The Jakarta Post
A number of the country’s labor unions plan to challenge the recently passed Job Creation Law through a petition for judicial review with the Constitutional Court.
The National Federation of Trade Unions (KSPN) said a special team had been deployed to scrutinize the 905-page law to single out provisions that contradicted the Constitution or infringed on workers’ rights.
“Our team is studying the law to file the judicial review petition,” KSPN president Ristadi told kompas.com on Tuesday, adding that provisions regarding temporary and outsourced workers were among the most problematic parts of the law.
The law revised Article 66 of the 2003 Manpower Law, which guaranteed a specific period of hire for temporary or outsourced workers, by adding the term “indefinite work agreement”, which appears to contradict a Constitutional Court ruling that companies must have transition schemes to protect workers.
The court’s rulings are final and binding.
All-Indonesia Workers Union Confederation (KSPSI) president Andi Gani Nena Wea said the organization would soon submit a petition for judicial review with support from other parties.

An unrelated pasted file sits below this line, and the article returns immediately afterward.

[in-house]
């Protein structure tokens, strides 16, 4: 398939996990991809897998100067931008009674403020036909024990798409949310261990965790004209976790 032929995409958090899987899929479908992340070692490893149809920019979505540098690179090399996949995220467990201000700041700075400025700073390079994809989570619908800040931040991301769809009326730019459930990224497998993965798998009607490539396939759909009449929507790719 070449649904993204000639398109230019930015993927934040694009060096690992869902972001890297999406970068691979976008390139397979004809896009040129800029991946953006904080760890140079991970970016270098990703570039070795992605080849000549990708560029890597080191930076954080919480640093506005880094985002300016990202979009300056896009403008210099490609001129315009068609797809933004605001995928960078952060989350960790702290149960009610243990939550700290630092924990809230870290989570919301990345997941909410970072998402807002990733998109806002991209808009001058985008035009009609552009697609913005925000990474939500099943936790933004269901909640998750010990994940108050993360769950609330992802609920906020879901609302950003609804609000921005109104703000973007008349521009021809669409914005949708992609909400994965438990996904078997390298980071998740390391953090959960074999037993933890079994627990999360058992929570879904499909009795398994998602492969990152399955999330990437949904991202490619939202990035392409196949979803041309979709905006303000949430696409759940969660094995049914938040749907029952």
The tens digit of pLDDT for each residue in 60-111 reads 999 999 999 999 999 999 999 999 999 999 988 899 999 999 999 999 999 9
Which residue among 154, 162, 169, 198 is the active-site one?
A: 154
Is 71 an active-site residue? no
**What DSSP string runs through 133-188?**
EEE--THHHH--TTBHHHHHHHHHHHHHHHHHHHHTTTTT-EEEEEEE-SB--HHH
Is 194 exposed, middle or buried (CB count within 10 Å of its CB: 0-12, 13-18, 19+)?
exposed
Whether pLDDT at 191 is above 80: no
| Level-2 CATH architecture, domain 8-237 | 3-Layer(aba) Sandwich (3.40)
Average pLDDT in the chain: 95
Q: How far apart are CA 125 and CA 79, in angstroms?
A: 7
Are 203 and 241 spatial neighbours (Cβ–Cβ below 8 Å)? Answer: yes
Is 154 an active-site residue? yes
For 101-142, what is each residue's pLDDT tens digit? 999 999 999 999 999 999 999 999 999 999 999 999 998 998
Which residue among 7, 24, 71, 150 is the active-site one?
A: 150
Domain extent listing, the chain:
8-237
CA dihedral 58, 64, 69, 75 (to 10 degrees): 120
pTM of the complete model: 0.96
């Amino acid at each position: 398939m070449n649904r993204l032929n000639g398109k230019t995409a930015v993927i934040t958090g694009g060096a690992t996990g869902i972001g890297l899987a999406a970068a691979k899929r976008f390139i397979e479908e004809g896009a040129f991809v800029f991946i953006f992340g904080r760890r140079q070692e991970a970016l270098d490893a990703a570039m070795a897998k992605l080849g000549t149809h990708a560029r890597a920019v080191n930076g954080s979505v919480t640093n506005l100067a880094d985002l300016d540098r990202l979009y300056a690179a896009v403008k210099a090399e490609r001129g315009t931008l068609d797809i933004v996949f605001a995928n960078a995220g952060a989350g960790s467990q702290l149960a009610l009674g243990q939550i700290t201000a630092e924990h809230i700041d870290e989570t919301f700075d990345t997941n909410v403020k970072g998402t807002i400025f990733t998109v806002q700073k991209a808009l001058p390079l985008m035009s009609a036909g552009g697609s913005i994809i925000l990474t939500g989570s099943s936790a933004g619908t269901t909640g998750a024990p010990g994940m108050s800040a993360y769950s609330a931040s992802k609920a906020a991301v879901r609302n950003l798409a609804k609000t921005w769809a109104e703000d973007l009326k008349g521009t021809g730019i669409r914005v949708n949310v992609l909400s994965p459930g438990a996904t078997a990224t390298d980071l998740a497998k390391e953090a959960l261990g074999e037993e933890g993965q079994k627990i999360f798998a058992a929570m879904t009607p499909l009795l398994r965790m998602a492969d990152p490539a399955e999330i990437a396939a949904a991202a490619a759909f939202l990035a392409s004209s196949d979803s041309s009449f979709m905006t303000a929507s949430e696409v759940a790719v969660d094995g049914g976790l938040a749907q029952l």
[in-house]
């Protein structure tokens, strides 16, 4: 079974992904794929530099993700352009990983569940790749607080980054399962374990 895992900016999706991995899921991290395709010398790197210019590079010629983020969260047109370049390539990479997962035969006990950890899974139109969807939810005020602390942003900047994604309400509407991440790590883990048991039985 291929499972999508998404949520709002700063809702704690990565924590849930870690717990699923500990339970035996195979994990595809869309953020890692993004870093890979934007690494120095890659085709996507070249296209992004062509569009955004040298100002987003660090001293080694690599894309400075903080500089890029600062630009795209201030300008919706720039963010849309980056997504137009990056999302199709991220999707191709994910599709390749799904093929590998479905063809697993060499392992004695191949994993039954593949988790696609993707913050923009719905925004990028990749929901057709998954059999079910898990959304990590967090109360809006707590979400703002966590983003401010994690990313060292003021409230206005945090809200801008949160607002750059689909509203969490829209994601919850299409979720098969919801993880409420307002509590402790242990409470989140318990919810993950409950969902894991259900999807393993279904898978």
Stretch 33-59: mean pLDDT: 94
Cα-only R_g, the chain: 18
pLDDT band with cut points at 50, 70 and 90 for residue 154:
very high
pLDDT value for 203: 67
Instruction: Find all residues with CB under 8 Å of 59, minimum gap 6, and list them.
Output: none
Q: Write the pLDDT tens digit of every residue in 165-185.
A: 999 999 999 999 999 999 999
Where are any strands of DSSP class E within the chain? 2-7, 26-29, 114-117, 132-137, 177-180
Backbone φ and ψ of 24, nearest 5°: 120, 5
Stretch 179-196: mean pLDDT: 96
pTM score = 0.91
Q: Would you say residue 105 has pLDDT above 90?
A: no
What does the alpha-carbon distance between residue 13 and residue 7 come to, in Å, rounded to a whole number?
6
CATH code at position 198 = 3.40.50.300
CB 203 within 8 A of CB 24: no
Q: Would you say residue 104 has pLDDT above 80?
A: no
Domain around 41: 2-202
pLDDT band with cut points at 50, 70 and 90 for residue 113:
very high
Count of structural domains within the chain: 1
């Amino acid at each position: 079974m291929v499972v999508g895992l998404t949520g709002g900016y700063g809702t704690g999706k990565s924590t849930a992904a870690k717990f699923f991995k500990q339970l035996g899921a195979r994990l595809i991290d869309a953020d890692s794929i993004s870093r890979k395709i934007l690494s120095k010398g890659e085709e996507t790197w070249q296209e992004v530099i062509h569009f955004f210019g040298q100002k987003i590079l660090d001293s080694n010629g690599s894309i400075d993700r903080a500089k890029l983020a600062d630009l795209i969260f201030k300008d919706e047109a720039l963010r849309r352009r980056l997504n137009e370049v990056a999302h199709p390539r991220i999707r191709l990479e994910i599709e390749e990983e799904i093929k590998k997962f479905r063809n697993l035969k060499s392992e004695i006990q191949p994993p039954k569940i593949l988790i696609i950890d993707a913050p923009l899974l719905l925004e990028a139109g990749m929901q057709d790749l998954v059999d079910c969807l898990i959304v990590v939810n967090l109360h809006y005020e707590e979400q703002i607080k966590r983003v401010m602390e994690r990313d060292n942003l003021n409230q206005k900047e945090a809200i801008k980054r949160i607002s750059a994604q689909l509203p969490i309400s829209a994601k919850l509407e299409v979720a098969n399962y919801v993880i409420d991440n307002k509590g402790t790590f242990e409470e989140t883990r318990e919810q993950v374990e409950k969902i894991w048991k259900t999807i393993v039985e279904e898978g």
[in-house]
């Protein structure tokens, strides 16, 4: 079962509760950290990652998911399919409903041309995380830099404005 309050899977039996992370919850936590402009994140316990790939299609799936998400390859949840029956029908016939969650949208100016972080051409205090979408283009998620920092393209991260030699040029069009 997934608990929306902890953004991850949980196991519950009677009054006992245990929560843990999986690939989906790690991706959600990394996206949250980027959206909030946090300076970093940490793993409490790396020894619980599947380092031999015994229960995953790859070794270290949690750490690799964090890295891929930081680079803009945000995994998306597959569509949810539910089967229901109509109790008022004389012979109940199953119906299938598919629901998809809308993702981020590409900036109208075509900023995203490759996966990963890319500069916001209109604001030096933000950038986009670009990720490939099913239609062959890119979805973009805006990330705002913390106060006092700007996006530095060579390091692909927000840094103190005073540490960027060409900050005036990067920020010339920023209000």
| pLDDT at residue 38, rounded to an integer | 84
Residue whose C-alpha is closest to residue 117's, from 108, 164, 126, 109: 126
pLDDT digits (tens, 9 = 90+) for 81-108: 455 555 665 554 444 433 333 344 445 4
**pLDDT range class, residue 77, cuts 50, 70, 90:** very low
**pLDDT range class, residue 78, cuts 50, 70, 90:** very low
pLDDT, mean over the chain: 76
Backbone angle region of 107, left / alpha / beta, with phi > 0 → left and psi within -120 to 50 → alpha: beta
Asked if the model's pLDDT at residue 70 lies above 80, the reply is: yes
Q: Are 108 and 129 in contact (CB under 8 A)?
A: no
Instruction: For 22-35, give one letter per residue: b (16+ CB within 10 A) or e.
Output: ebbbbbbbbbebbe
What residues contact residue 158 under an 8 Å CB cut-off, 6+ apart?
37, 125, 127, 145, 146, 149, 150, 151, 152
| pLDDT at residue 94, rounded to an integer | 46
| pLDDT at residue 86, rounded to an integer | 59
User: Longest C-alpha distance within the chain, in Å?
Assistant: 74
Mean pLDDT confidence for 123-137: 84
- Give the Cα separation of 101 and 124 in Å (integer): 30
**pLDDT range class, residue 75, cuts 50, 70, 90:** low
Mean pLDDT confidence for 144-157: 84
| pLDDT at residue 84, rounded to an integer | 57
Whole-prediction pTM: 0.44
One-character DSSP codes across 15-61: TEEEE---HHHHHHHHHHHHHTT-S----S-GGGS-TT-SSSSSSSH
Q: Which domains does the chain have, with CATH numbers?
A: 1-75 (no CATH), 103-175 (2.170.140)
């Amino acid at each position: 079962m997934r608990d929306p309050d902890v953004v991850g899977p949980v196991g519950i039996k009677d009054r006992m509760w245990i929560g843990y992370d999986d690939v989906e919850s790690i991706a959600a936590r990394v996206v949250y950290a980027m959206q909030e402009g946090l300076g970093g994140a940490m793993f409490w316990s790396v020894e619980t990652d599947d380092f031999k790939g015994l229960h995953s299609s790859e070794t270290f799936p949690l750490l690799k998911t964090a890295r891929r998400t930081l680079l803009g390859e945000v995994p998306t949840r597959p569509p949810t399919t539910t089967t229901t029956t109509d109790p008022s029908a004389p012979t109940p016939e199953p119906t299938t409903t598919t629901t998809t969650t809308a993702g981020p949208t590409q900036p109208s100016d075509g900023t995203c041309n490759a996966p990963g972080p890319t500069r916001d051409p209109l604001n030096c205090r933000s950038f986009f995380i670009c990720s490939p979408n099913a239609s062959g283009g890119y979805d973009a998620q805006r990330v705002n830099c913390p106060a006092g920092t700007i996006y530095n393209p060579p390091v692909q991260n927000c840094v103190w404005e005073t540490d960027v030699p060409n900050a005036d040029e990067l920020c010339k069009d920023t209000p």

He said many lawyers had expressed their willingness to assist workers in the legal processes that accompanied the fight against the contentious law.
“The KSPSI, as the largest workers’ confederation in the country, will file a [petition for] judicial review with the Constitutional Court [...]. A lot of advocates are willing to fight with us in court,” Andi said, as quoted by kompas.com.
The Job Creation Law, which the government claimed would improve bureaucratic efficiency and cut red tape binding business permits and investment, has received significant opposition from labor unions and members of the public who see it as a threat to social justice and environmental sustainability.
In addition to being detrimental to workers, critics argued, the law would be harmful to the environment as it made the environmental licensing requirements for businesses less rigorous. The law requires only businesses that have “important effects on the environment” to conduct environmental impact analyses (Amdal).
Under the law, the government is allowed to manage forest areas without a minimum limit.
The Agrarian Reform Consortium (KPA) said it would join the fight at the Constitutional Court.
KPA secretary general Dewi Kartika argued that the House of Representatives, whose legislators passed the law on Monday, had ignored the Constitution and the 1960 Basic Agrarian Law for the sake of large-scale investment.
“The KPA will challenge the law at the Constitutional Court,” Dewi told tempo.co. (Vny)